The immune system plays a key role in the host defense against viral pathogens. A signaling cascade is activated upon infection involving a variety of molecules such as pattern-recognition receptors (PRRs), interleukins or antiviral interferons. Long-term immunosuppression after solid organ transplantation (SOT) mainly abrogates adaptive T-cell-mediated responses, thus highlighting the relative contribution of innate immunity. Single-nucleotide polymorphisms (SNPs) within genes coding for PRRs or soluble mediators have been associated with differential susceptibility to viral infections among SOT recipients. A protective effect against cytomegalovirus (CMV) infection or disease has been attributed to certain SNPs in TLR9 or IFNL3 genes, whereas the opposite effect has been attributed to genetic polymorphisms in TLR2, MBL2, DC-SIGN, IL10 or IFNG. The presence of SNPs in other molecules not directly involved in innate or adaptive immune responses such as aquaporins or pregnane X appear to modulate the risk of CMV or BK polyomavirus infection, respectively. Little information is available on the genetic determinants of the post-transplant susceptibility to herpesviruses causing clinical infection (herpes simplex virus or varicella zoster virus) or the replication kinetics of components of the human blood virome used as immune surrogates (Torque teno virus). The present review critically summarizes the current knowledge on how SNP genotyping would be useful to stratify SOT recipients according to the individual risk of viral infection and proposes next research steps. Genetic susceptibility testing may improve personalized medicine and contribute to minimize the risk of viral infection after SOT.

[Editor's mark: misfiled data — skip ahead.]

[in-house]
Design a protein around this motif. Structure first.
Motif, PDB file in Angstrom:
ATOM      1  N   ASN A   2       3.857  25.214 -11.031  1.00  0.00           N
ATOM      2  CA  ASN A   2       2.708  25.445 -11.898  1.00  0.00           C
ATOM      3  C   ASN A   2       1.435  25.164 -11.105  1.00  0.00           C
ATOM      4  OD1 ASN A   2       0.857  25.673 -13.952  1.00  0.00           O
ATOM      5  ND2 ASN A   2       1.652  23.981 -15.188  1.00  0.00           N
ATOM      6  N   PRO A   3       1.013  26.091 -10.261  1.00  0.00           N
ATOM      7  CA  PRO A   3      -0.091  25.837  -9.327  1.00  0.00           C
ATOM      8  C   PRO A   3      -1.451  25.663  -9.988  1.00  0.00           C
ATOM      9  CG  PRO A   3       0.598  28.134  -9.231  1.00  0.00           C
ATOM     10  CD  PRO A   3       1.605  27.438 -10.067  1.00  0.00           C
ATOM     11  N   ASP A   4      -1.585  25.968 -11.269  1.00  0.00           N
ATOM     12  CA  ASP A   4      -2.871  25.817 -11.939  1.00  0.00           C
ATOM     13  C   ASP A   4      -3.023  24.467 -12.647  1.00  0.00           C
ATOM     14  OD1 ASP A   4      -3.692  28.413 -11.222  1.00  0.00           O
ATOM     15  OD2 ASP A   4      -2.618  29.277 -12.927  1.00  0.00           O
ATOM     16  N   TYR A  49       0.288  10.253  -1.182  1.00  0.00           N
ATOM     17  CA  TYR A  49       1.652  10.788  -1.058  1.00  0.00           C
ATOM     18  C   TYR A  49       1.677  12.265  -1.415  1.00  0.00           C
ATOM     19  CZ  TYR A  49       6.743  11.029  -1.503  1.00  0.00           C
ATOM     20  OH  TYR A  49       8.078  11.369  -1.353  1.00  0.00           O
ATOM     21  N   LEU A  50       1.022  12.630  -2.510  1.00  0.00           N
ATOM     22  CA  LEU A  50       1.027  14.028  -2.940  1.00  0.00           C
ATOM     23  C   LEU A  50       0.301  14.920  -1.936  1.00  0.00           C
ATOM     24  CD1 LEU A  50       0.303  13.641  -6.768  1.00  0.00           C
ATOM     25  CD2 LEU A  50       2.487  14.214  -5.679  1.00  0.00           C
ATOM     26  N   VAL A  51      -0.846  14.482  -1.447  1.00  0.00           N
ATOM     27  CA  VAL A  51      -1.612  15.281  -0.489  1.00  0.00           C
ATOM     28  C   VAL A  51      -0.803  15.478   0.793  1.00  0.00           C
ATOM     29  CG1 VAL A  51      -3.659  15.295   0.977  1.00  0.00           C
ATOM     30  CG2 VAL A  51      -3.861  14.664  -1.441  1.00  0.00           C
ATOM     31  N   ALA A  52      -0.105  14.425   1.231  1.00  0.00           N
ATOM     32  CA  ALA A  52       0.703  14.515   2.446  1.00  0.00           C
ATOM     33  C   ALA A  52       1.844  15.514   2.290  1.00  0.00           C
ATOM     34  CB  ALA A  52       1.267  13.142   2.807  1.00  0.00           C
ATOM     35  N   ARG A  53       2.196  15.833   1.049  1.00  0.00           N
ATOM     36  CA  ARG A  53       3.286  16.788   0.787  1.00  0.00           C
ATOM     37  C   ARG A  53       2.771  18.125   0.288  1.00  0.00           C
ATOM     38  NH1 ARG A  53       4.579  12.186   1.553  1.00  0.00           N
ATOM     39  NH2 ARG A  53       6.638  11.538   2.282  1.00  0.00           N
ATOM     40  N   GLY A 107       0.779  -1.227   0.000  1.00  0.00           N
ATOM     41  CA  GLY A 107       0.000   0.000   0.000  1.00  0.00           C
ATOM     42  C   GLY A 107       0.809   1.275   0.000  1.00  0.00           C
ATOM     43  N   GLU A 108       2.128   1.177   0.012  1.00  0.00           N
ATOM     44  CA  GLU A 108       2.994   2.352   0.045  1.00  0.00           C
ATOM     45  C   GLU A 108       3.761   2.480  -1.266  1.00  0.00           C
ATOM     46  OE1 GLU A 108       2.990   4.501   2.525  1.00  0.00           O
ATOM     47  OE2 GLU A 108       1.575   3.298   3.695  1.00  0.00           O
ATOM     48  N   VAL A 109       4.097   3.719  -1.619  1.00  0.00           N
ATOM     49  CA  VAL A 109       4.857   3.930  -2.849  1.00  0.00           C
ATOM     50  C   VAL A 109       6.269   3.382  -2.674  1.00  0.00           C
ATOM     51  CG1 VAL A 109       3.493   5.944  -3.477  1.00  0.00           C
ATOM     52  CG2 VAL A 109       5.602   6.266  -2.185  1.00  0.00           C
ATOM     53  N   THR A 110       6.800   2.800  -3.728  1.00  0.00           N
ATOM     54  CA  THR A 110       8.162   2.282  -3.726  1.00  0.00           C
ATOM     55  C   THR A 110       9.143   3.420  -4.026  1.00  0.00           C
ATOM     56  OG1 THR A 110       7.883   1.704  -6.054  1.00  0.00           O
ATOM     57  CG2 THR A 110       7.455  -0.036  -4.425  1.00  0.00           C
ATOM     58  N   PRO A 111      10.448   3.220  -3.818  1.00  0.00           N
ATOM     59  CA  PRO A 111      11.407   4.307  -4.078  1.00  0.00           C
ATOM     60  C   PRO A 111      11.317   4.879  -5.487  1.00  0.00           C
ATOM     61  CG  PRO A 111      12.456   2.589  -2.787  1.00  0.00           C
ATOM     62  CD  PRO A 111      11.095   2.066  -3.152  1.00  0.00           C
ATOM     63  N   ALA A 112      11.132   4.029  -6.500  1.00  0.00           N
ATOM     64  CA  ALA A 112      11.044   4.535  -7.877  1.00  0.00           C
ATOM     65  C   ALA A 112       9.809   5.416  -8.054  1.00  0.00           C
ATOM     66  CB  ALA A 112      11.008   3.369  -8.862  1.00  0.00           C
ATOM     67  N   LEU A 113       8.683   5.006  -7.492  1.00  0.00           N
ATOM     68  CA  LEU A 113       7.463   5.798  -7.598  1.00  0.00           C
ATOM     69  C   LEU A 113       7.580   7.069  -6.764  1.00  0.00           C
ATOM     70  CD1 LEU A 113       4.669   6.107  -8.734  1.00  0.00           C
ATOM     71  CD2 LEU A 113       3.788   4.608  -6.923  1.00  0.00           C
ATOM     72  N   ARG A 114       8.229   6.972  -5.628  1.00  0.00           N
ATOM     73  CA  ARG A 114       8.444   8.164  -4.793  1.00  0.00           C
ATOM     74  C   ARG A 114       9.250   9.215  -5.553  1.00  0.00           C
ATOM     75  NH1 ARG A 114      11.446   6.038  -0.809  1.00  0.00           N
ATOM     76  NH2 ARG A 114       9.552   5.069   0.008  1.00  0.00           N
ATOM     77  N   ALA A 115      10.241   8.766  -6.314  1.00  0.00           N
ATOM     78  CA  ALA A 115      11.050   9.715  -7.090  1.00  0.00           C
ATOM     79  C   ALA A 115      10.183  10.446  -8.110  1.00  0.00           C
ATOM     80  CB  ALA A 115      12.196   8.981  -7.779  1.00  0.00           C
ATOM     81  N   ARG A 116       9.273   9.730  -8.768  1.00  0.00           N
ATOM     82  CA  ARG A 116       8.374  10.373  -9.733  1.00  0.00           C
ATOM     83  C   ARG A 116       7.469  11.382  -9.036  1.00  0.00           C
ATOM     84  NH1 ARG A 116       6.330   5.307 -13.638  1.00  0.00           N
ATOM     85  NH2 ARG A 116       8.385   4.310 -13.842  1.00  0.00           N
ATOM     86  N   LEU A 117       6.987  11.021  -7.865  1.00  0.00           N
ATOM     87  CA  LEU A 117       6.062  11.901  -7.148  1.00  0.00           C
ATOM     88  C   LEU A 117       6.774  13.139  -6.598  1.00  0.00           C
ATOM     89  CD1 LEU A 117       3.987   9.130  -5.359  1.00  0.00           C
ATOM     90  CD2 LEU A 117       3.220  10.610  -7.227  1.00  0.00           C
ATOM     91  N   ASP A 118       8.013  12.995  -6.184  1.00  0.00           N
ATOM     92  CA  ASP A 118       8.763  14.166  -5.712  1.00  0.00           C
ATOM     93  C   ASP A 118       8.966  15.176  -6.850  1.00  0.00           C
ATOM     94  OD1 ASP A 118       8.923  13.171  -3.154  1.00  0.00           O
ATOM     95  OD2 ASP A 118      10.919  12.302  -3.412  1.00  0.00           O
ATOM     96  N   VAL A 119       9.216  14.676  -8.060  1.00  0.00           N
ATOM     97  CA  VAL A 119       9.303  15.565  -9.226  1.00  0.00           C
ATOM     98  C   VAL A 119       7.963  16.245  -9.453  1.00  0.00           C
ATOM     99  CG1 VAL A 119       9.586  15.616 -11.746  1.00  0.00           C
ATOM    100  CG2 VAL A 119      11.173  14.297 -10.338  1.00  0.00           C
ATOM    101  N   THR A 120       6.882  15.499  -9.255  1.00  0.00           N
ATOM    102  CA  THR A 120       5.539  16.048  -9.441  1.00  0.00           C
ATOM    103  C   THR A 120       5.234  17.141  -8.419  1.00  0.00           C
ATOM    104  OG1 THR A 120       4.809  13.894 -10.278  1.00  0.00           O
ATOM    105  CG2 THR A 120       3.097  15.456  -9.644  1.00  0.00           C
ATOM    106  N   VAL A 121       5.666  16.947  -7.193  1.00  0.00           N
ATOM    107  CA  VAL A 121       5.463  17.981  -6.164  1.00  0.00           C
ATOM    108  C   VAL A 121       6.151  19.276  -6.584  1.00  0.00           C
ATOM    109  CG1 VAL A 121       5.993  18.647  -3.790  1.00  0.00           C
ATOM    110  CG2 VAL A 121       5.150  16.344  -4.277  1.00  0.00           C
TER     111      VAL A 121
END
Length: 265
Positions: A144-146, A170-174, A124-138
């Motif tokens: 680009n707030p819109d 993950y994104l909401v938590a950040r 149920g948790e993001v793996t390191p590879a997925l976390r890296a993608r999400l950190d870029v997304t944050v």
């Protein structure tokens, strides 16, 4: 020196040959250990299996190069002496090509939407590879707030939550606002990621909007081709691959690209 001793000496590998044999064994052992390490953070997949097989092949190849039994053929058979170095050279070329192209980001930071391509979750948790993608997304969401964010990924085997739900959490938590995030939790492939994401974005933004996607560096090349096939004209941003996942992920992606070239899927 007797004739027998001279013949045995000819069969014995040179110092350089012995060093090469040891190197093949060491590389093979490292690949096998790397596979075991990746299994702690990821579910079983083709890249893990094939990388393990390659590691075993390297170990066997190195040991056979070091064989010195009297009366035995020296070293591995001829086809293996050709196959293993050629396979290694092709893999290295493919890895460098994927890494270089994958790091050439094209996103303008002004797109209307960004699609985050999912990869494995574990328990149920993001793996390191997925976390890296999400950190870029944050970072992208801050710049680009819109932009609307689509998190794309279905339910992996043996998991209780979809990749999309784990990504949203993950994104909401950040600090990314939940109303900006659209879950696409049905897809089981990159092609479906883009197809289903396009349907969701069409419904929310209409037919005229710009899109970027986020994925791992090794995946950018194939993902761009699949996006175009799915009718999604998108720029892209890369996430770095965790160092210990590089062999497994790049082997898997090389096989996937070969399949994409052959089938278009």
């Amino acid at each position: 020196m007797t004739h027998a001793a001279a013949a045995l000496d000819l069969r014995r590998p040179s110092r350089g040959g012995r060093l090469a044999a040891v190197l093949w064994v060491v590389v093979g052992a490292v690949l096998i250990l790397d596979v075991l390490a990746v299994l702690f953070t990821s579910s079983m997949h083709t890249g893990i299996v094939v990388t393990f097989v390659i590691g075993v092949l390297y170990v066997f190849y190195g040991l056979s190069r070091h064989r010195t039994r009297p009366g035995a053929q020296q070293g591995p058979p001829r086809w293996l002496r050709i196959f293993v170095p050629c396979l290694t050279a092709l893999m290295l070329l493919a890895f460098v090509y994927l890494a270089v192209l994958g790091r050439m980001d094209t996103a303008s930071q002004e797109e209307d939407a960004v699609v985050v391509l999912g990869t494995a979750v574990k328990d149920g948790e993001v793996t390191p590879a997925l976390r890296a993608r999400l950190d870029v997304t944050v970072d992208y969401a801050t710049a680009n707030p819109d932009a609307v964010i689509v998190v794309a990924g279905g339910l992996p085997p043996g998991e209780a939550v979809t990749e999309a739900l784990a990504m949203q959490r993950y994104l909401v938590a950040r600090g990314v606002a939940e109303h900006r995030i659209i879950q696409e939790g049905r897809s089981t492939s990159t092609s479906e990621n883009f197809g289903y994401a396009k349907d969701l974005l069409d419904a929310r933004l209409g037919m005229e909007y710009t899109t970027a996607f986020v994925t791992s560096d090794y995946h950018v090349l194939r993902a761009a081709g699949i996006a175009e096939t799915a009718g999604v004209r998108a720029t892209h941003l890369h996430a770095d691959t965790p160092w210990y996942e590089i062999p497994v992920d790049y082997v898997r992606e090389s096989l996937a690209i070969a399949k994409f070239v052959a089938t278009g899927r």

Copyright © 2021 Elsevier Inc. All rights reserved.